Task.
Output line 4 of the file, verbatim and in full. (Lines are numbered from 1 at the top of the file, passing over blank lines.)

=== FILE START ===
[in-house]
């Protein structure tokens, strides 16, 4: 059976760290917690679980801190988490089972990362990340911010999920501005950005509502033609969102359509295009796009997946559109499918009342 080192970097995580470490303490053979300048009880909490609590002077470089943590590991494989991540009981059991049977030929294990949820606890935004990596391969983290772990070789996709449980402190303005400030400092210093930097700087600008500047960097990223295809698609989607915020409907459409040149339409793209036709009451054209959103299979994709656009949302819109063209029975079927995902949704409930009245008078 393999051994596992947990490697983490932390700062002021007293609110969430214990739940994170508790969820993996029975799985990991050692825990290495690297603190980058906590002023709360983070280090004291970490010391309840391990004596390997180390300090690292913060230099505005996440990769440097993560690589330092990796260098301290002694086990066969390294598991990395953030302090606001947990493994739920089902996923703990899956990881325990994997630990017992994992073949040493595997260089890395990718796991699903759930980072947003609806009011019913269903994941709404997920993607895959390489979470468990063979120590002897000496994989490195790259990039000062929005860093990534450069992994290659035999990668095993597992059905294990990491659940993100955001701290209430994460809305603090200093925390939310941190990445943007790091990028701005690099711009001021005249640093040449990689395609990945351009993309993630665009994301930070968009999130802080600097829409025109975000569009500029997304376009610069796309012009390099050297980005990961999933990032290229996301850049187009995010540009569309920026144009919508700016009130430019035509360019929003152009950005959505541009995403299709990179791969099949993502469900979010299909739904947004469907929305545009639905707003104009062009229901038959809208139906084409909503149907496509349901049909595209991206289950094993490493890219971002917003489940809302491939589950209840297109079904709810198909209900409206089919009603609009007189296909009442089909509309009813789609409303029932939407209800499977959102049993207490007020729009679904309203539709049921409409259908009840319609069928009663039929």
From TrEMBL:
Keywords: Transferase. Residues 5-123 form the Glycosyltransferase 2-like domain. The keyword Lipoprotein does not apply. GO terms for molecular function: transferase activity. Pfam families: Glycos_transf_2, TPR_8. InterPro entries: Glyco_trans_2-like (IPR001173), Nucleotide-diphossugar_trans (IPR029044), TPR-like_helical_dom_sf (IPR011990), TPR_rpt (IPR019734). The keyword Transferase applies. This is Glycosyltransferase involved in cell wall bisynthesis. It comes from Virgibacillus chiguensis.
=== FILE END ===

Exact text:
Keywords: Transferase. Residues 5-123 form the Glycosyltransferase 2-like domain. The keyword Lipoprotein does not apply. GO terms for molecular function: transferase activity. Pfam families: Glycos_transf_2, TPR_8. InterPro entries: Glyco_trans_2-like (IPR001173), Nucleotide-diphossugar_trans (IPR029044), TPR-like_helical_dom_sf (IPR011990), TPR_rpt (IPR019734). The keyword Transferase applies. This is Glycosyltransferase involved in cell wall bisynthesis. It comes from Virgibacillus chiguensis.